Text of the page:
The Municipal District of Guysborough official welcome comprised a noon hour civic luncheon on Saturday, hosted by Warden Lloyd Hines and was held in the beautiful dining facilities of the DesBarres Manor in Guysborough Village. Some sixty invited guests were on hand to salute our intrepid mariners. The guest list included Grand Chief Ben Sylliboy of the Mi'kmaq Grand Council and Mrs. Sylliboy, renowned Mi'kmaq poet Rita Joe, Executive Director of the Confederacy of Mainland Mi'kmaqs Donald Julian, and Dr. and Mrs. Peter Christmas of Cape Breton's Membertou reserve. The luncheon featured greetings and congratulations, as well as gift presentations to Laura and Captain Jack by various donors.

The Clan Sinclair's celebration took place, also on Saturday, from 2:00 to 5:30 p.m. at Boylston Upper Park, site of our Interpretation Memorial to the Prince Henry Saga, dedicated in the summer of 1998. Its purpose is two fold; to salute the remarkable feat of the Venetian mariners and to recognize and express appreciation to the Mi'kmaq nations for their historically friendly welcome reception of all immigrants to Atlantic Canada.

Some hundred and fifty persons rose in tribute as Grand Chief Ben Sylliboy and the Rt. Hon. Malcolm Sinclair were paraded to their seats led by Clan Piper Rory Sinclair and escorted by Provincial and National Clan Presidents Barbara Sinclair Barnard and Bill Sinclair, as well as by a flag party of young Scouts bearing the flags of the nations that figure in the Sinclair Saga. They included, of course, the Mi'kmaq Nation's flag. A thrilling sight indeed in the beautiful afternoon sunshine featuring the panoramic vista of Guysborough Harbour against which in the foreground was silhouetted our striking nautical memorial. Clan Presidents extended welcome greetings.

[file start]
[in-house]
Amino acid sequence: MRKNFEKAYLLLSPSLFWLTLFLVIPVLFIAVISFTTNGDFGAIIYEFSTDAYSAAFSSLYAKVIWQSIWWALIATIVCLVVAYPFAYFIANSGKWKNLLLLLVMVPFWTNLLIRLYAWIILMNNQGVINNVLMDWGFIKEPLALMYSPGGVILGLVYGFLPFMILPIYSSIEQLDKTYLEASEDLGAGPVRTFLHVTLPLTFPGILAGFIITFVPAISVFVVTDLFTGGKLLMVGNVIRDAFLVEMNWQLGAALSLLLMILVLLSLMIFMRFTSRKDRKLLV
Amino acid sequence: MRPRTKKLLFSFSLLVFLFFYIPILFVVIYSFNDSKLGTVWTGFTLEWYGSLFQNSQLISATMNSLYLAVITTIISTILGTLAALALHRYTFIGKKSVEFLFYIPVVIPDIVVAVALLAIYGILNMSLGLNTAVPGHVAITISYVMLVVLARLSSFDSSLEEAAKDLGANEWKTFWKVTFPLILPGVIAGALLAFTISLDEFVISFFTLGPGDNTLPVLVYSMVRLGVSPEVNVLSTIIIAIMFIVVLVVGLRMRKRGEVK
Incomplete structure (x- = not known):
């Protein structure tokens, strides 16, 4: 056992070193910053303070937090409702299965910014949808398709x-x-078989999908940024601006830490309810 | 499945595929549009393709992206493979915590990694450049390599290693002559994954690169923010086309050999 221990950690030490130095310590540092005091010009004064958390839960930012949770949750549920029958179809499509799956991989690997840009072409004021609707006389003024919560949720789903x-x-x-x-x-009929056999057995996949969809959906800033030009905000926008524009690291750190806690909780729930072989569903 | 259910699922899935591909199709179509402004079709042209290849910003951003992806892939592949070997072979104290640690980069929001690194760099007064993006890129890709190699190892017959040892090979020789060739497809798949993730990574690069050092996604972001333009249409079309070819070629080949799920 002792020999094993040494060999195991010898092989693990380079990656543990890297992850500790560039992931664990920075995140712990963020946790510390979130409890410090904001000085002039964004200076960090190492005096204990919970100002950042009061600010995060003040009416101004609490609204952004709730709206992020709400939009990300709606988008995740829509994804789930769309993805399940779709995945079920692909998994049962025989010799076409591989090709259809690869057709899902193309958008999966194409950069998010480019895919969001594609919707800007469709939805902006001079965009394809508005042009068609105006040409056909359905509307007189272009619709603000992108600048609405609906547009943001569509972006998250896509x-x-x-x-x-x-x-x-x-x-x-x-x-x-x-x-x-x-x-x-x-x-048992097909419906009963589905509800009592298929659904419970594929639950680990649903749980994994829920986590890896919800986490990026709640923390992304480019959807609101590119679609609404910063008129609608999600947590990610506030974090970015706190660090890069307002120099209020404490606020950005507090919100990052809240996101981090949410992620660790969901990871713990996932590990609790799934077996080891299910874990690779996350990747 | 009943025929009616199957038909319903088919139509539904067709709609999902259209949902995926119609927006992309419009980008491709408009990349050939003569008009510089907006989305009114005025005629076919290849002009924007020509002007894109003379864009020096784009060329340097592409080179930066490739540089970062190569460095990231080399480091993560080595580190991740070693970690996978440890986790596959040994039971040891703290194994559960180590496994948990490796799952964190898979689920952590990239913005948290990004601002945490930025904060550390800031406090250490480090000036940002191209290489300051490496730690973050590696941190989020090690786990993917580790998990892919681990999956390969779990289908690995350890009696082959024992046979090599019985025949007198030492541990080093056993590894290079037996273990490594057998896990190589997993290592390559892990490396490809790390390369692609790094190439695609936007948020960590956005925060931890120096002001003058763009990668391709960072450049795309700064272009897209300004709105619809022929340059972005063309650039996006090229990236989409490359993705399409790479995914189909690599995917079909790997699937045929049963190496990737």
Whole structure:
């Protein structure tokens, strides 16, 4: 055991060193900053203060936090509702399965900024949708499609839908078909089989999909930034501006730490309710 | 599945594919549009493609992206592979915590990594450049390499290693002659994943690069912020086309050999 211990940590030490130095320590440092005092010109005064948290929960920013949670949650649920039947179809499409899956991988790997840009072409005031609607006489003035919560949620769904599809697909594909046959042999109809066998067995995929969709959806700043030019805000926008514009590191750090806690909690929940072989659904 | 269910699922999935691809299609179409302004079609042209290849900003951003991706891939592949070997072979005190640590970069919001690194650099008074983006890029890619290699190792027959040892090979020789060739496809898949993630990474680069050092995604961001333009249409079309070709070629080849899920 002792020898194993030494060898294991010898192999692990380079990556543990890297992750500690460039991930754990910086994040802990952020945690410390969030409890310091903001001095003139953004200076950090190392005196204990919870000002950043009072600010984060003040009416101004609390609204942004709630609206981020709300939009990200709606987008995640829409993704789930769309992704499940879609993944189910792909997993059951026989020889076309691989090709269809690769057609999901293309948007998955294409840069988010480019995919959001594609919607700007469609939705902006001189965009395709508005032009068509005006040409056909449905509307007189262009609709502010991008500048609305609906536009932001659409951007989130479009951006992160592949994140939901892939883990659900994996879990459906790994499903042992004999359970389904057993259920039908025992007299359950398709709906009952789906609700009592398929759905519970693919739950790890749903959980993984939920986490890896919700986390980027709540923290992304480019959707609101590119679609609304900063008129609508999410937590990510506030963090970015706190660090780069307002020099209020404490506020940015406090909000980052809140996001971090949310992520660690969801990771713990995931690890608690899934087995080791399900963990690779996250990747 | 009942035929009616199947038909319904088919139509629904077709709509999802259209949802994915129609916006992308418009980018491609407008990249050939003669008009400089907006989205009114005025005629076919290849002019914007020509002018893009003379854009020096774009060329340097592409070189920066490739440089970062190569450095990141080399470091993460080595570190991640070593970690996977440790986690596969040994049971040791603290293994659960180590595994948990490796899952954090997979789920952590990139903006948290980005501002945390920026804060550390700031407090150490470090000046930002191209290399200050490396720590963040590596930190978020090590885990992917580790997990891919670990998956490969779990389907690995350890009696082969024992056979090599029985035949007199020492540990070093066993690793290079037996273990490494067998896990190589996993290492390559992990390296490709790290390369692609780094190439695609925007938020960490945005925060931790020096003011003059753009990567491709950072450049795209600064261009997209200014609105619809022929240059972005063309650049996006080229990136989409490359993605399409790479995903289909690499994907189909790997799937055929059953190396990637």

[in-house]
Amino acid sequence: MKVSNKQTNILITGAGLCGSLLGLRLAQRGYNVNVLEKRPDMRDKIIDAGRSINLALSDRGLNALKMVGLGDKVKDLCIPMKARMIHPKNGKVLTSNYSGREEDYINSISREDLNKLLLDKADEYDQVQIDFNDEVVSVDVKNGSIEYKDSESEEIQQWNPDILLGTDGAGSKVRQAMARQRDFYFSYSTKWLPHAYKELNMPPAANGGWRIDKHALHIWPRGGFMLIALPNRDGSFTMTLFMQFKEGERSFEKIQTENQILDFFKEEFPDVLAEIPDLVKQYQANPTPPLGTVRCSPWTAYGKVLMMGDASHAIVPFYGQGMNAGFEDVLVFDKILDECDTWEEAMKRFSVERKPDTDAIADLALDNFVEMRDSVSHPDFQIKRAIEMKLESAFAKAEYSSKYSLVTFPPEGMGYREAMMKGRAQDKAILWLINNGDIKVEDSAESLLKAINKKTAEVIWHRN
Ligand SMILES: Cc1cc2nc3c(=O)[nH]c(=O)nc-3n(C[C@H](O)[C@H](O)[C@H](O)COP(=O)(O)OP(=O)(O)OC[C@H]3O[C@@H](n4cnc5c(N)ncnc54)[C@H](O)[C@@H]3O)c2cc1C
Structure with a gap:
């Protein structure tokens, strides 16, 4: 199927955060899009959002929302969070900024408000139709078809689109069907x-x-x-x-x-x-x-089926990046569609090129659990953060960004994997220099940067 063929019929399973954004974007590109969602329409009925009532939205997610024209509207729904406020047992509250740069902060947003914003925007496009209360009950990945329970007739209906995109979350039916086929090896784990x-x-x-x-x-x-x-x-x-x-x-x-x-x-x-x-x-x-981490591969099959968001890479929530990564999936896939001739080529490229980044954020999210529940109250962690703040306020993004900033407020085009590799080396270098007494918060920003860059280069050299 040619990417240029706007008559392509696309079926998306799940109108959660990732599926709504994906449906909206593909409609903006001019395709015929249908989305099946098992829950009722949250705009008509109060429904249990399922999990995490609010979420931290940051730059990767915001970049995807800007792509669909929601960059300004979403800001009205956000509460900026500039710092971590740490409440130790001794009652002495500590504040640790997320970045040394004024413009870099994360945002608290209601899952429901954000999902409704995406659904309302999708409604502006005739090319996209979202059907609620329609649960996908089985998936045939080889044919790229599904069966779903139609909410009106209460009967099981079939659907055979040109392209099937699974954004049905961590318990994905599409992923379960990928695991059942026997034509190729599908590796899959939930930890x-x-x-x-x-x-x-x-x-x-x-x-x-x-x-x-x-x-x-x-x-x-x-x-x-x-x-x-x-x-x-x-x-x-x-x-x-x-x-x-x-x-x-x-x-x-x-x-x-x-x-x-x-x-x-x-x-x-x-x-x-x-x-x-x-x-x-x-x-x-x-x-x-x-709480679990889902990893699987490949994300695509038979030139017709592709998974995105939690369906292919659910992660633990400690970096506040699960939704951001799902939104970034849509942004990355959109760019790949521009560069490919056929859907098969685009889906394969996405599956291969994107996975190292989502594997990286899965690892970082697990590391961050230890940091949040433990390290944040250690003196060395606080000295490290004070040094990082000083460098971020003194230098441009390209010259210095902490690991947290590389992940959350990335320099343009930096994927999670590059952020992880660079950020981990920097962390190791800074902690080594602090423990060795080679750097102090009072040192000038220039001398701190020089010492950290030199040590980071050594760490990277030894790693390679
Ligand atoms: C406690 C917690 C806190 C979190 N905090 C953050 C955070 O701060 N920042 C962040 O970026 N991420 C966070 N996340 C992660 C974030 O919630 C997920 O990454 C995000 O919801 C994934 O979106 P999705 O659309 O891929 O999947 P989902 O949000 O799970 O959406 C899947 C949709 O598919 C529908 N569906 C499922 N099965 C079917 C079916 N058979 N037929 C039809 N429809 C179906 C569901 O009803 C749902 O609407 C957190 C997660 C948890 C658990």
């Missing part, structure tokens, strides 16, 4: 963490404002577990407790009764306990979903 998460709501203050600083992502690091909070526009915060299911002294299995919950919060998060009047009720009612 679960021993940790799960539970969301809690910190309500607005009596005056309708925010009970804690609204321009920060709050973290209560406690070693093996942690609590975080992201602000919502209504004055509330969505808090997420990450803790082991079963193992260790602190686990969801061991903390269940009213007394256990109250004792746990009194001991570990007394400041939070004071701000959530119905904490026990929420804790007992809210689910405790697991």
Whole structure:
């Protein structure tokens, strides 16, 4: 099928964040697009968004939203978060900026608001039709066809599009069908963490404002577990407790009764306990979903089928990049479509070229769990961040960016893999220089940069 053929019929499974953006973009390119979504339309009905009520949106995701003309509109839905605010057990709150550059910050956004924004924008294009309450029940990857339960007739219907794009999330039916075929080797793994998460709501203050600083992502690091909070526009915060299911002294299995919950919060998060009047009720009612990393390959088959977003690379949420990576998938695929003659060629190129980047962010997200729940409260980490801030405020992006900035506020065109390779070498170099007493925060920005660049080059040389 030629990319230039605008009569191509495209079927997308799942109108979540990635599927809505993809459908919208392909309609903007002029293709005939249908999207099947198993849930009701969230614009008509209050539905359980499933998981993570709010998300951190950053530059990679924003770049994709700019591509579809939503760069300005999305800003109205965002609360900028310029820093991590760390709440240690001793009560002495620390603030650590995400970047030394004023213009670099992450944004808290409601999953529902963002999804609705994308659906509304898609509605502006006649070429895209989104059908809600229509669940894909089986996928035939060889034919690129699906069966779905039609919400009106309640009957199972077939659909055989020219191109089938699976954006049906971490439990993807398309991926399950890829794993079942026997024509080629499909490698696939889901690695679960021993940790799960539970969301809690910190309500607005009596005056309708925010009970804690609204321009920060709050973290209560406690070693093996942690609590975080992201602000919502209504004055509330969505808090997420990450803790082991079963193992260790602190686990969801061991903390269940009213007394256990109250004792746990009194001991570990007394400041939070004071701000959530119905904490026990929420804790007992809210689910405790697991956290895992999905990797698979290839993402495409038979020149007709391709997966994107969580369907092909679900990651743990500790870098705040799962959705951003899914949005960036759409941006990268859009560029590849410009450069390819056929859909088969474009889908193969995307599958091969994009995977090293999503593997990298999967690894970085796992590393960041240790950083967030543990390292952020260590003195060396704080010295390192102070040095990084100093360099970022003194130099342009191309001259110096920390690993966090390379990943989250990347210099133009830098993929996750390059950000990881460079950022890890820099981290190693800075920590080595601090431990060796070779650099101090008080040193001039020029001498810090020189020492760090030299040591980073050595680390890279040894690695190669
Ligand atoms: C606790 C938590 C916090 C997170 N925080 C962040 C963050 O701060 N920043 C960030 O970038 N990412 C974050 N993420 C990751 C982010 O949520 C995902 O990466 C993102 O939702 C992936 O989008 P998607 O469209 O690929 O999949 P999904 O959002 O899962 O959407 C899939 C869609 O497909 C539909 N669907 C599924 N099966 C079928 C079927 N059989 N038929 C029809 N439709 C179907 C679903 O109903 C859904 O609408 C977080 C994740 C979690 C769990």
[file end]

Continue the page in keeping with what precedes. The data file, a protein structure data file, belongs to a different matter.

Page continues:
The entertainment menu for this event aimed at a blend of the Celtic and Mi'kmaq cultures. The Celtic presentations included the music and dance of the vibrant and talented Young Guysborough Fiddlers. Terri MacDonald and Lisa Hallett presented their original choral tribute to Henry Sinclair entitled "Written Down On Pages" that was presented at our 1998 Celebration. The superb musical talents of the Ludlow family including daughter Anna a violin virtuoso of great promise and mother Dorothy, whose choral offerings included her moving renditions of "Come By The Hills" and "Scotland Forever". Husband and father Basil accompanied both on guitar.

The Mi'kmaq artists included a dance troupe from Eskasoni, Cape Breton under the direction of their leader Beverly Jeddore. They performed three separate dance routines the interpretations of which were interestingly explained by Mrs. Jeddore. She invited her audience to join her troupe for her final "Friendship Dance" to which several - in the spirit of the occasion - responded.

Mi'kmaq poet Rita Joe speaking while CSAC president Bill Sinclair listens